Simultaneous observations of ambient gamma dose levels, temperature, relative humidity, and atmospheric pressure were carried out at National Atmospheric Research Laboratory (NARL), Gadanki, India (13.459°N and 79.175°E), from November 2011 to May 2014. The results show that about 92% of ambient gamma dose values lie between 150 and 200 nSv/h and best possible fit resulted in Gaussian fit with adjusted R2 of 0.99. A weak Pearson's correlation coefficient was found between ambient gamma dose levels and selected meteorological parameters measured over the location. No seasonal trend was observed in ambient gamma dose levels, but pronounced seasonal variations in temperature, relative humidity, and air pressure were found. A sudden increase in ambient gamma levels was observed during precipitation event (Nilam cyclone) and may be attributed to an additional contribution of precipitation washed 222Rn progeny aerosols within the atmosphere. The mean ambient gamma dose over NARL was 186 ± 4.3 nSv/h and is within world average given by UNSCEAR.
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Healing efficacy and dermal toxicity of topical silver nanoparticles-loaded hydrogel in Sprague–Dawley rats p. 34
Deepti Sharma, Navneet Sharma, Bal G Roy, Mallika Pathak, Vinod Kumar, Himanshu Ojha
Traumatic wounds are the wounds that damage both the skin and the underlying tissues. Bacterial load in wounded tissue triggers elongation of the inflammation phase of wound healing. In case of excessive inflammation, the wound may undergo delayed healing that can lead to complications such as sepsis or amputation. In the present work, a hydrogel using green-synthesized silver nanoparticles (AgNPs) was synthesized and characterized in terms of homogeneity, viscosity, spreadability, excipient compatibility, etc. The hydrogels containing different percentages of AgNPs were tested for healing efficacy in full-thickness excision wound model in adult female Sprague–Dawley (SD) rats. Safety study of hydrogels was performed in SD rats as per the OECD guideline 410. The prepared hydrogels were stable for over 3 months and remain intact on parameters such as homogeneity, pH balance, good spreadability, and extrudability. Healing efficacy study showed that an increased amount of AgNPs in hydrogel enhanced wound contraction over 100% with increased tensile strength and dense aligned collagen fibers in treated wound tissues as compared to standard (silver sulfadiazine), placebo, and sham groups. Dermal toxicity studies showed that there were no signs of irritation, inflammation, and edema on the dorsum of SD rats. Besides, there was no local and systemic toxicity in hydrogel-treated groups.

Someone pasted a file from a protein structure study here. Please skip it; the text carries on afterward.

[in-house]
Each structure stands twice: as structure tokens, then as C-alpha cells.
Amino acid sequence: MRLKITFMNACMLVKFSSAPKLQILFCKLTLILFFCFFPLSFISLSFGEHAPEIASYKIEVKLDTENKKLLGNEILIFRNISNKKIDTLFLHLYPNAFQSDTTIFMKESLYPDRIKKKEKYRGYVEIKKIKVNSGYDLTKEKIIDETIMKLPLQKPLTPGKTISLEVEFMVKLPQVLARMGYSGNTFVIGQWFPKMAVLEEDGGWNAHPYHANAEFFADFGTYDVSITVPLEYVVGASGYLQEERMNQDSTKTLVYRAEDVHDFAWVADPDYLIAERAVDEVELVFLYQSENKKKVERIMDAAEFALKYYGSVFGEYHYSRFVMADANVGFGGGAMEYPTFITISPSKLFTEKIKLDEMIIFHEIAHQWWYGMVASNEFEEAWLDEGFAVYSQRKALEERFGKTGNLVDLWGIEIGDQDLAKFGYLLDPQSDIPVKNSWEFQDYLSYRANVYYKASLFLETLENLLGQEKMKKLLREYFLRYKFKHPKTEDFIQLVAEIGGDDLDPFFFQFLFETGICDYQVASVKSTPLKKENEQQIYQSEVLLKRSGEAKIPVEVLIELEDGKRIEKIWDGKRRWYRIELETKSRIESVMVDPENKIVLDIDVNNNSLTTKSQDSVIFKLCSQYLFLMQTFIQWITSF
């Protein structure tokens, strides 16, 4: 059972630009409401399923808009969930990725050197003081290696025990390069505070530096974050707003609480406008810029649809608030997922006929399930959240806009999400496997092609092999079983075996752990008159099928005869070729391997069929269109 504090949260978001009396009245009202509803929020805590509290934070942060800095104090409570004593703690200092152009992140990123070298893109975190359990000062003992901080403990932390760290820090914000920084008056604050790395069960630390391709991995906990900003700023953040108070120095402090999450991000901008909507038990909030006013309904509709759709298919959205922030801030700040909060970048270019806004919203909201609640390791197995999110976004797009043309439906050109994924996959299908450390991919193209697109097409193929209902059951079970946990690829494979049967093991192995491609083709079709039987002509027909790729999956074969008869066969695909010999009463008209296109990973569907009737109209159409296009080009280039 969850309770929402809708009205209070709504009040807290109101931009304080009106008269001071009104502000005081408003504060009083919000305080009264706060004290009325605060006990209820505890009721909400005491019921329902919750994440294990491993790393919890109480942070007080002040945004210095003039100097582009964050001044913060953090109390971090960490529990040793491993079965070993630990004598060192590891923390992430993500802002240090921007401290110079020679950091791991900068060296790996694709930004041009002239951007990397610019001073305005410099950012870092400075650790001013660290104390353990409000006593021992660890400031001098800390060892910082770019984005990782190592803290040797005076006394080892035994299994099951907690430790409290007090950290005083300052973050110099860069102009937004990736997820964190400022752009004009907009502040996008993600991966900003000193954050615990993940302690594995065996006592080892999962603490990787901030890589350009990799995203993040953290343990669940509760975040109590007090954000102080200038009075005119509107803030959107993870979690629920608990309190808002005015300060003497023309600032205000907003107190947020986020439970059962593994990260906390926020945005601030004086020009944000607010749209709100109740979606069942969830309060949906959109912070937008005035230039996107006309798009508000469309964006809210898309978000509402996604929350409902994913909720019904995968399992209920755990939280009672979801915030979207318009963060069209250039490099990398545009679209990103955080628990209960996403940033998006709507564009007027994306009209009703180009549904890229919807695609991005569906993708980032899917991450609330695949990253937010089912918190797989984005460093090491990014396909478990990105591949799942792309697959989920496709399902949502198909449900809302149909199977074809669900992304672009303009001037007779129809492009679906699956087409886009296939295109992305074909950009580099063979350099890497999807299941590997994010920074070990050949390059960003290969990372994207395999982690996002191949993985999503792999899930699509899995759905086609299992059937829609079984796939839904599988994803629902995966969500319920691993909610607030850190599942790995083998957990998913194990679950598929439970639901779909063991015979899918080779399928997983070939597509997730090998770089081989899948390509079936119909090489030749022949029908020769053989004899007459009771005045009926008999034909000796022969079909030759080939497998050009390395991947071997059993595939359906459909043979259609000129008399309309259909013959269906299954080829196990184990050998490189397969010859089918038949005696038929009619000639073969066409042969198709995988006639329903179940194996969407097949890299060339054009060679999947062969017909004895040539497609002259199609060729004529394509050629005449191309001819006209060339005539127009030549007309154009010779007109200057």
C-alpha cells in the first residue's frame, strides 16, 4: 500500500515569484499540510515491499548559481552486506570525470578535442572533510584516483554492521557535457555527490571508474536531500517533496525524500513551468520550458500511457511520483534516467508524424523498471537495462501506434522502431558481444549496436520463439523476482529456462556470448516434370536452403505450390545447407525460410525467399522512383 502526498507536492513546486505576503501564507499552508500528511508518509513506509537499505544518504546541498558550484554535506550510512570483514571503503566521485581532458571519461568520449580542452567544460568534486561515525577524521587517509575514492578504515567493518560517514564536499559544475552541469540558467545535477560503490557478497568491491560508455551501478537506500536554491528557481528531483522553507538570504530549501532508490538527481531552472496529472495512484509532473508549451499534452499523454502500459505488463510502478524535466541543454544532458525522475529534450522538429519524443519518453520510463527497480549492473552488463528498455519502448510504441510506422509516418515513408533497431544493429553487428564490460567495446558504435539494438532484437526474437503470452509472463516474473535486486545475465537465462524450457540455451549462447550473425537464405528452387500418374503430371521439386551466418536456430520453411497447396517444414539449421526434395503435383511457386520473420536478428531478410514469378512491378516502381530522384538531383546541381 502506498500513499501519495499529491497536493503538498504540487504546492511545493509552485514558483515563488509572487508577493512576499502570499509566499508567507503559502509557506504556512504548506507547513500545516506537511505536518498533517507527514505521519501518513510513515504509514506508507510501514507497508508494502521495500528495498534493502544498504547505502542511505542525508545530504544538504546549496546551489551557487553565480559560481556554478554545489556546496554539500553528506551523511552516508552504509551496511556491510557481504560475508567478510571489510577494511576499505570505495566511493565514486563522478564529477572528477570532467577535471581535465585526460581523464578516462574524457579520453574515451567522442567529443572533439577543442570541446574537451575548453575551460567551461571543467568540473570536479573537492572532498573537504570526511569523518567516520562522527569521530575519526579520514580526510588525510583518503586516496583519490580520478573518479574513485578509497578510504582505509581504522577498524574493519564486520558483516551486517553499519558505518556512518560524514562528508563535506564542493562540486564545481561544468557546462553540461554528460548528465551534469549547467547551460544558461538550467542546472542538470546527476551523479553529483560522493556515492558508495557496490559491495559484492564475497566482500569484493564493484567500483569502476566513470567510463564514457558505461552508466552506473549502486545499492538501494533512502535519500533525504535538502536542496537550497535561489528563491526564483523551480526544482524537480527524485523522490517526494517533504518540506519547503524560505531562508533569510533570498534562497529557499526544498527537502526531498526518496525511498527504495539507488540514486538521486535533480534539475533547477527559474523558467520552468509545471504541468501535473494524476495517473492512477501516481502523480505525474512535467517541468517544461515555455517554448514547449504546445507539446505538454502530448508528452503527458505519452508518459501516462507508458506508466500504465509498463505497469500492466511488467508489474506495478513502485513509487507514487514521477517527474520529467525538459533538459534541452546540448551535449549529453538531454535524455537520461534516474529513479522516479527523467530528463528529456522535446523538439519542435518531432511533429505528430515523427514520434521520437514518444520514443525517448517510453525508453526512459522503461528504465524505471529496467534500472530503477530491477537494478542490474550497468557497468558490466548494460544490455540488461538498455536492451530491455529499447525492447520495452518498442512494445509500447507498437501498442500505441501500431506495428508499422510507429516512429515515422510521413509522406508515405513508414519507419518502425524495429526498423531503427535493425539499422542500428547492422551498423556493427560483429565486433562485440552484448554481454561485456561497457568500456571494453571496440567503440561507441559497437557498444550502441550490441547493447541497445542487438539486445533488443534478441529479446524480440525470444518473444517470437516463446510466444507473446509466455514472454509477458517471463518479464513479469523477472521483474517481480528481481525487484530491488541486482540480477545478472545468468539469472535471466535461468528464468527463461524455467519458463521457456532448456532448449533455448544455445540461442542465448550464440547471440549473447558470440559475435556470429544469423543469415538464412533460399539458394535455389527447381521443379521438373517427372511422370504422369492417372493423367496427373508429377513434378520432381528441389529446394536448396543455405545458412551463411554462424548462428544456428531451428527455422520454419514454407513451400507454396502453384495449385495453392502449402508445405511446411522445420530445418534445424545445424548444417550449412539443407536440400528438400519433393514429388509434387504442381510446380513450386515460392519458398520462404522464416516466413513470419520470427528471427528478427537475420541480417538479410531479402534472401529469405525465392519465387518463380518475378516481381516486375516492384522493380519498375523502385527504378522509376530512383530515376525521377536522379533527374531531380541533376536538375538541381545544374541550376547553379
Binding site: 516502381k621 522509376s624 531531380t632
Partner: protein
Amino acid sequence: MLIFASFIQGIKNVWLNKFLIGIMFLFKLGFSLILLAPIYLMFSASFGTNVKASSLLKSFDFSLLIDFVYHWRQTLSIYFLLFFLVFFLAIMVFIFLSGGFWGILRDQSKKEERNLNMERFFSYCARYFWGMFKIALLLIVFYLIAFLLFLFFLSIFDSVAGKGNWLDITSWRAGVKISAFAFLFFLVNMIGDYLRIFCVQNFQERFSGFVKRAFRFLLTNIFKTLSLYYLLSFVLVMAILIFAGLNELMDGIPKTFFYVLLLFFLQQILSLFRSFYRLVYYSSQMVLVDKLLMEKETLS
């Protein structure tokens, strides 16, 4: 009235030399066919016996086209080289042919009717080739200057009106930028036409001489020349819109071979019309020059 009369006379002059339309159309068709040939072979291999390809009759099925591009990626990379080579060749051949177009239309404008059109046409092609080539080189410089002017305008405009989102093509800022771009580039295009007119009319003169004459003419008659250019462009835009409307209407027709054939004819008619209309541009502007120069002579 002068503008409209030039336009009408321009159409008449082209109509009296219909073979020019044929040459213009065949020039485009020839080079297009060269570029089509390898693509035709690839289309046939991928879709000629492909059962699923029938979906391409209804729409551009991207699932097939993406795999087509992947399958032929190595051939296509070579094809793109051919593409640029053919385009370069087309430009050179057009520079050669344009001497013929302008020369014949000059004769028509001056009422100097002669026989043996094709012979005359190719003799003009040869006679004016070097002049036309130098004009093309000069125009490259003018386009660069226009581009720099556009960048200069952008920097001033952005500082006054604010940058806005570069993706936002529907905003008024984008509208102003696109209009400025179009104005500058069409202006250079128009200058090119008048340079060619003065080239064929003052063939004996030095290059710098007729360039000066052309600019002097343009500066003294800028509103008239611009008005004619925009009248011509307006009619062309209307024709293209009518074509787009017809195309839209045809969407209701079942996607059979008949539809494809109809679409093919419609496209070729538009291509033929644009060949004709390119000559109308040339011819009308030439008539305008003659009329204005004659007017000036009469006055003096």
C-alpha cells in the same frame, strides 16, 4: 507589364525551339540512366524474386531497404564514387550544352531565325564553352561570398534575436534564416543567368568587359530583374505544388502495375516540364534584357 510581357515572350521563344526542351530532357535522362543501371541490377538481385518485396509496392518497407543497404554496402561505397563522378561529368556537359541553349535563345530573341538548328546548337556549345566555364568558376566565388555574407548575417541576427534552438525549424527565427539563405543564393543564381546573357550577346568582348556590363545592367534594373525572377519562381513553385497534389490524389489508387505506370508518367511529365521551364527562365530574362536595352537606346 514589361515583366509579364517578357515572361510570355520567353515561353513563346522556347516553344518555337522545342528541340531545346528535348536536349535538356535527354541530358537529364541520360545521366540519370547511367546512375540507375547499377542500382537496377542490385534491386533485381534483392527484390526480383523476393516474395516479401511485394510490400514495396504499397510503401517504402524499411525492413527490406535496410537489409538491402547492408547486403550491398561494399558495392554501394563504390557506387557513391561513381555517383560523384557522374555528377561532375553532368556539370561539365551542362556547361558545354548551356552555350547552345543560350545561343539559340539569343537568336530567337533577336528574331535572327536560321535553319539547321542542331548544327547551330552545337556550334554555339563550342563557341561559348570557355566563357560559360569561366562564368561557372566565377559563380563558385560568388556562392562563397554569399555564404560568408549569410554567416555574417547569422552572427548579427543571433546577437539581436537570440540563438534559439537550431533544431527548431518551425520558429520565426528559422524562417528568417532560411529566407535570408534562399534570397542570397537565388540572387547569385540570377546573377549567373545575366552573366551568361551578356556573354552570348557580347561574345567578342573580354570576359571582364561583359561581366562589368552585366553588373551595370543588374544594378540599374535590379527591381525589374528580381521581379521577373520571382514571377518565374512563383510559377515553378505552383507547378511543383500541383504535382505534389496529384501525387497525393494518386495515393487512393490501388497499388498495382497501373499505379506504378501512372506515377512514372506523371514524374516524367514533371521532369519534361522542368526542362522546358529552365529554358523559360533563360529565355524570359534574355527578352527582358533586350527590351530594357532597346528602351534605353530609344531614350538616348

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Revision of discharge limit of gross beta activity to the aquatic environment based on public dose estimation: An operational study p. 42
Hukum Singh, Teena Goel, Vijay B Kadwad, Pradip Mukherjee